Visible Learning: 800+ Meta Studies And 138 Effects Visualized John Hattie has synthesized more than 800 meta-studies related to achievement. In his book Visible Learning he found 138 influences with positive and negative effects on learning outcomes. Some of Hattie’s critics state that comparing so many different things would be like comparing apples and oranges. But is it? The following visualizations show how many studies Hattie actually read and synthesized for his ground-breaking meta-meta-study on what works in the classroom. Glossary of Hattie's influences on student achievement - VISIBLE LEARNING This Glossary explains influences related to student achievement published in John Hattie’s Visible Learning for teachers (Hattie 2012; 251ff). You can find an older list of influences related to student achievement in Hattie (2009) Visible Learning. 1. Student Self-Reported Grades
In Conversation with Professor John Hattie Few people have generated as much conversation and interest around what works in education as Professor John Hattie. As a proponent of evidence-based quantitative research methodologies on the influence of student achievement, John’s research work is internationally acclaimed. His passion for research and education led him to undertake the largest ever meta-analysis of the effect of different factors on educational outcomes, the result of which was his acclaimed 2007 book, ‘Visible Learning’. John recently contributed two papers to Pearson’s Open Ideas series, both of which have attracted much comment and attention from the education community.
John Hattie's Eight Mind Frames For Teachers “Hattie’s 8 Mind frames”. Video scribe project by Cheryl Reynolds. In Visible Learning for Teachers (p. 159 ff) John Hattie claims that “the major argument in this book underlying powerful impacts in our schools relates to how we think! It is a set of mind frames that underpin our every action and decision in a school; it is a belief that we are evaluators, change agents, adaptive learning experts, seekers of feedback about our impact, engaged in dialogue and challenge, and developers of trust with all, and that we see opportunity in error, and are keen to spread the message about the power, fun, and impact that we have on learning.”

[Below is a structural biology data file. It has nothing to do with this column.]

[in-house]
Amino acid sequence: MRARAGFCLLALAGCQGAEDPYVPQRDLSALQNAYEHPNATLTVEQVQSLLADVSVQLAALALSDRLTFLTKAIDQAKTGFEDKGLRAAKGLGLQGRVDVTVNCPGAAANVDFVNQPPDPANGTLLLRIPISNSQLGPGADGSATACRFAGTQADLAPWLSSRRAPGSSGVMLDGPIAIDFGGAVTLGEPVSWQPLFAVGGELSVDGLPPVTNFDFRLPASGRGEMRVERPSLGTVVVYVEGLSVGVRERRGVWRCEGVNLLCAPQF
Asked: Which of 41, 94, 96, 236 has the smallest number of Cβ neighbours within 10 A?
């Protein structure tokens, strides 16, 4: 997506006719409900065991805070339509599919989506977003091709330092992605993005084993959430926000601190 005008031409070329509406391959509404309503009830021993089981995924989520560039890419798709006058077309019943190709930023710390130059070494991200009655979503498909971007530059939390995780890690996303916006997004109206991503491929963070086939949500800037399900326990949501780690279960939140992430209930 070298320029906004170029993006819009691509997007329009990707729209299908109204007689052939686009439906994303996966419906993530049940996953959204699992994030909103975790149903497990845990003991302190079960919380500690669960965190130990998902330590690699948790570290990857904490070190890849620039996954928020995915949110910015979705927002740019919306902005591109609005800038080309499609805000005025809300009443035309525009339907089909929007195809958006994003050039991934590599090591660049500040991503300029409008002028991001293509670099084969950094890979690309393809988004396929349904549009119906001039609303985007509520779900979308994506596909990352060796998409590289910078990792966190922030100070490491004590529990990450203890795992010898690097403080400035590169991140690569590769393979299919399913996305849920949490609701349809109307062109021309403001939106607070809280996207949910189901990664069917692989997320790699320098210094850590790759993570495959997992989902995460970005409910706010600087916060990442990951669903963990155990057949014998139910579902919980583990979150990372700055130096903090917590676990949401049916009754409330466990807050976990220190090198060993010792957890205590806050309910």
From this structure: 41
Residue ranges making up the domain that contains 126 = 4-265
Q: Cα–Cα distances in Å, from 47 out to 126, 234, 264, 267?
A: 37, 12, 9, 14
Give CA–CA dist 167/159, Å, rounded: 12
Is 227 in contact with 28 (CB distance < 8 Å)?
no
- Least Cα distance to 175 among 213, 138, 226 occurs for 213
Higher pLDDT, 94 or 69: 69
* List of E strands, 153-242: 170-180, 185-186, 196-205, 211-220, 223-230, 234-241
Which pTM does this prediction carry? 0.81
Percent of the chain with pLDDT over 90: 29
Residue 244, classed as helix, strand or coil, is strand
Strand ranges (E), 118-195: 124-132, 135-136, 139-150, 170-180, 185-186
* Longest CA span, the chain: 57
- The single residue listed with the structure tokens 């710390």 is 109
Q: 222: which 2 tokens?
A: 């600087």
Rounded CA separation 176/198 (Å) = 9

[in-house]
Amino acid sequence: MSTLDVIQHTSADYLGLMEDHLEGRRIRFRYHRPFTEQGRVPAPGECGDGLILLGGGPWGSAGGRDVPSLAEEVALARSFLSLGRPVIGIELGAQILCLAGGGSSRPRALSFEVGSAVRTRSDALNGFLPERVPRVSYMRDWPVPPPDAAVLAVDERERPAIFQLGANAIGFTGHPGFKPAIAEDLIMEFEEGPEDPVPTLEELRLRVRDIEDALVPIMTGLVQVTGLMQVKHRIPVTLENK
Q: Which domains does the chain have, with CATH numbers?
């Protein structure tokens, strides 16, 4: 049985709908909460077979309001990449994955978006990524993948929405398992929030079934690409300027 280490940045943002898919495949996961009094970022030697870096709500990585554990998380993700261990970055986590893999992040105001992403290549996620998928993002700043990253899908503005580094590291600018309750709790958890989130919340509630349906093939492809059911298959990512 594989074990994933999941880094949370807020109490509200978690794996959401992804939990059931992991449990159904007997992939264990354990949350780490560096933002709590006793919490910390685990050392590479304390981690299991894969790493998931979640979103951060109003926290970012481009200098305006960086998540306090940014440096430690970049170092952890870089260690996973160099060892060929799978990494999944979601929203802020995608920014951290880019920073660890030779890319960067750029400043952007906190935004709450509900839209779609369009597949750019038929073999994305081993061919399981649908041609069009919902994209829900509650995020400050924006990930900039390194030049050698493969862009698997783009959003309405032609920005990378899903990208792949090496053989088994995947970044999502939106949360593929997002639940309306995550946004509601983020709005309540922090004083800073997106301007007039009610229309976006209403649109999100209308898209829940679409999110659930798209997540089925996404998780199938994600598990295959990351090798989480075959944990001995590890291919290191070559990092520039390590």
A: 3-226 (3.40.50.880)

Above & Beyond In an increasingly complex, demanding and competitive 21st century, students need to learn more than the 3R’s they are tested on in school. It’s time to help them go “above & beyond”, by embracing the 4Cs – communication, collaboration, critical thinking and creativity. To get the word out to about the “3Rs + 4Cs” approach, P21 and FableVision partnered to produce a short, animated film called Above & Beyond. Enjoy & share, so we can help ALL our students flourish in the 21st century. Many members of the Partnership for 21st Century Learning helped shape and refine this story – using their communication, collaboration, critical thinking and creativity skills. 50 people and hashtags you MUST check out on Twitter Twitter is an amazing hub of activity, exposing us to people, ideas, resources and tools. These 50 people and hashtags have made me a better educator. (Public domain image via Pixabay.com) Getting connected professionally on Twitter was the single most important, most powerful thing I ever did as an educator. The most important.
What works in education – Hattie’s list of the greatest effects and why it matters I have been a fan of John Hattie’s work ever since I encountered Visible Learning. Hattie has done the most exhaustive meta-analysis in education. Thanks to him, we can gauge not only the relative effectiveness of almost every educational intervention under the sun but we can compare these interventions on an absolute scale of effect size. Perhaps most importantly, Hattie was able to identify a ‘hinge point’ (as he calls it) from exhaustively comparing everything: the effect size of .40. Anything above such an effect size has more of an impact than just a typical year of academic experience and student growth.
History & Principles — Progressive Education Network History The roots of the network can be traced to the early 1900’s and the Progressive Education Association, once one of America’s leading educational organizations, which greatly influenced the shape of 20th Century education in America. The history of the association is chronicled in Lawrence Cremin’s The Transformation of the Schools (1965), and Patricia Albjerg Graham's Progressive Education: From Arcady to Academe - A History of the Progressive Education Association (1967).